Automation strategy: 5 questions CIOs should ask themselves

Automation strategy: 5 questions CIOs should ask themselves

Almost anything can seem like a smart strategy in retrospect if you have enough patience, perseverance, luck and time.

This is how some successful business and IT approaches are born – a combination of trial and error and ever-changing circumstances ultimately leads to a purposeful and sustainable plan. Many hybrid cloud architectures were born “by chance”, for example: an IT initiative here, a business acquisition there and SaaS apps, well, everywhere, and now you are “hybrid”. Strategy comes after the fact, once stakeholders realize the potential benefits.

Automation commonly follows a similar pattern. Automate a unit test or security scan here, an Accounts Receivable process or HR onboarding modules there, and it looks like you’re about to become a well-oiled, highly automated machine.

This is part of the appeal. In reality it is not necessary to “automate all things”, as the expression goes. You can automate some of the stuff and do it piece by piece.

An incremental automation approach, enabled by the likes of Bash, is fantastic. In itself, however, it is not a strategy.

“One of the benefits of automation is that it can be incremental,” says Red Hat technology advocate Gordon Haff. “This is automation through the lens of traditional system administrators and in many cases even site reliability engineers. Do something manually more than once and automate it so you never have to do it again.

This incremental approach, enabled by the likes of Bash and other programming languages ​​compatible with automation, RPA tools, and other technologies, is fantastic. In itself, however, it does not constitute a plan. IT leaders can create a strategic framework that enables and encourages incremental automation, while ensuring that the team spends time and resources in areas that align with broader goals.

[ Is your automation strategy losing momentum? Read Why automation progress stalls: 3 hidden culture challenges. ]

“Automation can also be more strategic,” says Haff. “This means asking, in the words of Dinesh Nirmal, general manager of IBM Automation (speaking at The Economist, Innovation @ Work US virtual event this October), where can you ‘free up employees to focus on strategic priorities?'”

How solid is your automation strategy? 5 questions to ask

Smart strategies, especially when they overlap with work already done, which is applicable to automation in many organizations, often start with the right questions. Here are five IT leaders they should ask to make sure they’re making the right future bets with their automation strategy.

1. How does this relate to our overall goals?

The first question is more logical, but often overlooked if your automation has been a one-off series up to this point in your organization.

“While there are many questions a CIO will need to have along the way when deciding their automation strategy, the most important question they should ask themselves is: ‘How will automation help my organization achieve business results? do we need to get where we want in 4-5 years? ‘”says Becky Trevino, VP of Snow Software operations.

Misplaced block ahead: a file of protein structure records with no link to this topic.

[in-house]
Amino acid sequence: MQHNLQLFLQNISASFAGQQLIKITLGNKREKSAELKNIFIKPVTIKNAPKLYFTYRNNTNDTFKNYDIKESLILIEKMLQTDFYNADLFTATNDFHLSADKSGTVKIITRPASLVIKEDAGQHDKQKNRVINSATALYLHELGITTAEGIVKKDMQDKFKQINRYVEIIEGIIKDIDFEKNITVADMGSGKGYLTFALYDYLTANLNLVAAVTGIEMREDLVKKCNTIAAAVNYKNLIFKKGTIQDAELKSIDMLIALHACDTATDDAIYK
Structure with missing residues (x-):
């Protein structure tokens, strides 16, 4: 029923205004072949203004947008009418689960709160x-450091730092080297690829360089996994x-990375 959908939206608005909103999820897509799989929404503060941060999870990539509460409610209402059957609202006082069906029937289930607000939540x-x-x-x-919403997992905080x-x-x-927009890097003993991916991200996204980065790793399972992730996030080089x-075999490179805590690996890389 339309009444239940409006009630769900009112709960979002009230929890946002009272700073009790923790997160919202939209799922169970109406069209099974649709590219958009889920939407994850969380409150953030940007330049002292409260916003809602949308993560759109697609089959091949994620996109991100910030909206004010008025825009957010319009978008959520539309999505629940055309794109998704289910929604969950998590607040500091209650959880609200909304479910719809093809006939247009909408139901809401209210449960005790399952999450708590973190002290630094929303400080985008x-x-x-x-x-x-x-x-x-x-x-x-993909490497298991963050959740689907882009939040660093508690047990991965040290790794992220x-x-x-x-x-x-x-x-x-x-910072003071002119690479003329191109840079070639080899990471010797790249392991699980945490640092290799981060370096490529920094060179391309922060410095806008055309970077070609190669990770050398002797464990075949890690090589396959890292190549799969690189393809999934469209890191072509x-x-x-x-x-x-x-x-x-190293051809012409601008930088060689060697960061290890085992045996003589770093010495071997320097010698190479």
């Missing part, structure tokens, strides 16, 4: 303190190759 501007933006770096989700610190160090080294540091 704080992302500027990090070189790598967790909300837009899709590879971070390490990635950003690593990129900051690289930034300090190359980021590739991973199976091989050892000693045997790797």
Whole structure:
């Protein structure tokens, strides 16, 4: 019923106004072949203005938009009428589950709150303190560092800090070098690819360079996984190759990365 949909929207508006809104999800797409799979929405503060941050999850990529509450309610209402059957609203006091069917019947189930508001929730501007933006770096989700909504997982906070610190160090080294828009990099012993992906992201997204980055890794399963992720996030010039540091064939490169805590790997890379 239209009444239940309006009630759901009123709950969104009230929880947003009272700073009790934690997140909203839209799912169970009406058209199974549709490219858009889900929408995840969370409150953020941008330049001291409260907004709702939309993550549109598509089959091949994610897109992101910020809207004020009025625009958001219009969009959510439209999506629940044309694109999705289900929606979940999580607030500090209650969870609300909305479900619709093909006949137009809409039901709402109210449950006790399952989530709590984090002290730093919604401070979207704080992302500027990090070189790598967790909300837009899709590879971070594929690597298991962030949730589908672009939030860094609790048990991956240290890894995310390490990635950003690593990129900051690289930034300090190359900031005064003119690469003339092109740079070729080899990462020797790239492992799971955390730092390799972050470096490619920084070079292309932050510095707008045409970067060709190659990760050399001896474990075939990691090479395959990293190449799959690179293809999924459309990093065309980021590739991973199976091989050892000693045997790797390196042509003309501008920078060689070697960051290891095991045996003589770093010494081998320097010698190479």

Consider a broad goal (which you can replace with your own specific goals) to “increase innovation”. Essentially, all of your incremental automation work, from adopting new technologies to changing processes to hiring and more, should ask you, “Does this help us drive innovation?” (Again, replace “increase in innovation” with any specific goal and the same principle applies.)

“If the answer is yes, automation is great for business,” says Trevino.

If the answer is “no” or “we’re not sure”, then you have more due diligence ahead. Trevino warns against the magician’s approach: the success of automation depends on a well-coordinated effort, not on smoke and mirrors.

For example, if you want to increase innovation by freeing people from senseless tasks to allow them to focus on more important jobs, there needs to be a visible plan on how to achieve it. (“Automate it” isn’t actually a plan.)

“Teams implementing automation need to know that enabling innovation is the main business achievement,” says Trevino. “Automation is the technology they use to make this happen and they need a plan for people and processes to ensure they actually achieve the result of moving people from lower-value to higher-value work.”

[ How can automation free up more staff time for innovation? Get the free eBook: Managing IT with Automation. ]

2. What causes frustration and headaches in people today?

The incremental approach to automation described above by Haff is often a matter of people solving their own problems – this task takes up too much of my time or is otherwise aggravating – let’s automate it so that I can work on other things.

The same principle can guide higher-level thinking about automation priorities. How can automation reduce the fatigue in people’s work, possibly reducing the margin for error and other benefits in the process?

“CIOs should look for the areas that cause frustration or distress among their employees,” says Puneet Mehta, founder and CEO of Netomi. “Eliminating them will have a positive impact on the culture.”

This approach applies not only within IT, but across all business units. Find activities and processes that are repetitive, inefficient, and sometimes even painful.